[Hambo quotes the bible:] So God created mankind in his own image,
in the image of God he created them;
male and female he created them.

Brilliant! Much more persuasive than anything written by Thomas Paine or Benjamin Franklin. Hambo finishes with this:

This is not a harsh rule — the testimony of Scripture is that God cares for creation, so we, as his image-bearers and those given the charge to rule over it, should also care for creation. So, yes, we have dominion over great apes, elephants, dolphins, and whales — they are not our equals, nor do they have dominion over us.

Okay, dear reader — now get out there and whip those elephants. They have no rights and you have dominion over them. Hooray for Hambo!

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11 responses to “Do Animals Have Rights? Hambo Says “No!”

  1. IMHO there are lots of things that have rights. The Amazon. The Mona Lisa. The Rings of Saturn. The Goldberg Variations.

  2. Does Ken Ham have a dog?

    Do his parishioners/followers/accomplices have dogs?

    A guy who can’t love a dog, or an elephant, probably isn’t Christian.

  3. chris schilling

    “[T]hey are not our equals, nor do they have dominion over us.”

    Ham’s mythology decrees that man is sinful, yet he refuses to recognise that exploitation is inevitable when power imbalances exist between the strong and the weak. The question of animal sentience — and we can see it in the higher mammals, for starters — is crucial for protecting them from the ravages of man the destroyer.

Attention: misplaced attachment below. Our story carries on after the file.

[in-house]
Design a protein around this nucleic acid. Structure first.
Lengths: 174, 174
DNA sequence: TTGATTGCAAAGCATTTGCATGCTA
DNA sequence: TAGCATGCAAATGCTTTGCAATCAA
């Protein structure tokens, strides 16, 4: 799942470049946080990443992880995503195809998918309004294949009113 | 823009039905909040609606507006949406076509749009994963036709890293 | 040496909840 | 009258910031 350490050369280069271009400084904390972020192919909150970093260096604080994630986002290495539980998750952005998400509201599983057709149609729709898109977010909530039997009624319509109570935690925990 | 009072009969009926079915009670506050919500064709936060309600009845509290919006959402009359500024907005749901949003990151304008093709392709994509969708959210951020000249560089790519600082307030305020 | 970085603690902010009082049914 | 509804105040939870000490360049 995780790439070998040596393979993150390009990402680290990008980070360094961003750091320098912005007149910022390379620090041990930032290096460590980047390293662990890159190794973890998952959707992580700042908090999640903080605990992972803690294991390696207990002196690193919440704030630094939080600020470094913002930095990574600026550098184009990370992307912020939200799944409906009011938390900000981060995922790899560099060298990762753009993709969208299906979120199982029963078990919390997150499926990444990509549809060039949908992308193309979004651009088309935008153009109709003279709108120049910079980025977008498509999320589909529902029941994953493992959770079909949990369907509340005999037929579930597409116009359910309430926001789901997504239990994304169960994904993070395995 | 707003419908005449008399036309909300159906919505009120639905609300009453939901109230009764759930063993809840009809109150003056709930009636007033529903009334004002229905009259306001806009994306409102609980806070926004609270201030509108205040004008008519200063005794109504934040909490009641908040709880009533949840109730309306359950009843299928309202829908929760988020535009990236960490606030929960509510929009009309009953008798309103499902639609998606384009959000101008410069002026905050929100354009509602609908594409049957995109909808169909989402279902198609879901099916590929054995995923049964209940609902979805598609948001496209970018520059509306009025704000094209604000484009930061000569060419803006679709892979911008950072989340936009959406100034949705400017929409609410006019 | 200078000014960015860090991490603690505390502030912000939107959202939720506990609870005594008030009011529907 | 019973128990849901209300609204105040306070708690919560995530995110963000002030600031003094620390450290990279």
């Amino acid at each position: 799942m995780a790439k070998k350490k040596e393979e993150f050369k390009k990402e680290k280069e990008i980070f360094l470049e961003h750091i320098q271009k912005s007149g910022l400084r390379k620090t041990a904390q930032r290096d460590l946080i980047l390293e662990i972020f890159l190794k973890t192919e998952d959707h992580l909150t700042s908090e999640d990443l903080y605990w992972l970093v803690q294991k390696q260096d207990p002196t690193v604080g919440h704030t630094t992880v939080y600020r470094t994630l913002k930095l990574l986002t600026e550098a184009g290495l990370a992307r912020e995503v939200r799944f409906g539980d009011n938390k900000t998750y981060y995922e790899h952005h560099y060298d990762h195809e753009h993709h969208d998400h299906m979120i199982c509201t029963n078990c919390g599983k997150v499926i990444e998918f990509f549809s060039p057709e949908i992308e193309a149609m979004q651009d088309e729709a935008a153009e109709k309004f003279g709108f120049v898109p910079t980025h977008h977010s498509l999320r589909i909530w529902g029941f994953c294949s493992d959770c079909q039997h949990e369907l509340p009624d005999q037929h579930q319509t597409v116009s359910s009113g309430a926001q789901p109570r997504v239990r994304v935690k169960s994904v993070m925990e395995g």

Incidentally, has SC invented a new portmanteau? ‘Borrible’ — that’s a combination of ‘bad’ and ‘horrible’? If so, that’s marvelful!🤔

  4. Dave Luckett

    Ham thinks that animals and humans are special and separate creations. It would follow that they are not to be treated the same. Er… wait a moment, though..

    Even in a creationist view, animals and humans are not completely different. Distinct, yes, but not completely different, entirely separate. They might not be in the image of God, whatever we take that to mean, but the animals and we are not utterly alien one from the other. There is no implication in scripture that we are. And scripture does contain injunctions to treat them as having rights: “Thou shalt not bind the mouth of the ox that treadeth the grain”.

    It would follow, then, that even to a creationist, while we humans might have dominion over animals, that does not preclude animals from having rights. They have rights because they also are the creations of Almighty God. The question is, what rights?
    What rights? We have courts and systems of justice to answer questions like that. It would follow, therefore, that even a creationist has no objection, in principle, to that question and other related ones being debated and resolved in public. After all, whatever rights it is decided that animals have, it will be we humans who concede and recognise and abide by them. That is undeniably consistent with our dominion.

    So a respect for animal rights and their specification in the courts is not inconsistent with even a view that assumes separate creation. Of course it is also not inconsistent with an evolutionary view either, for that view is that animals are more and more like us the more closely they are related to us, and that therefore their rights are in fact related to our own. Of course that view is also the one supported by observed fact, as anyone who keeps or works with animals knows.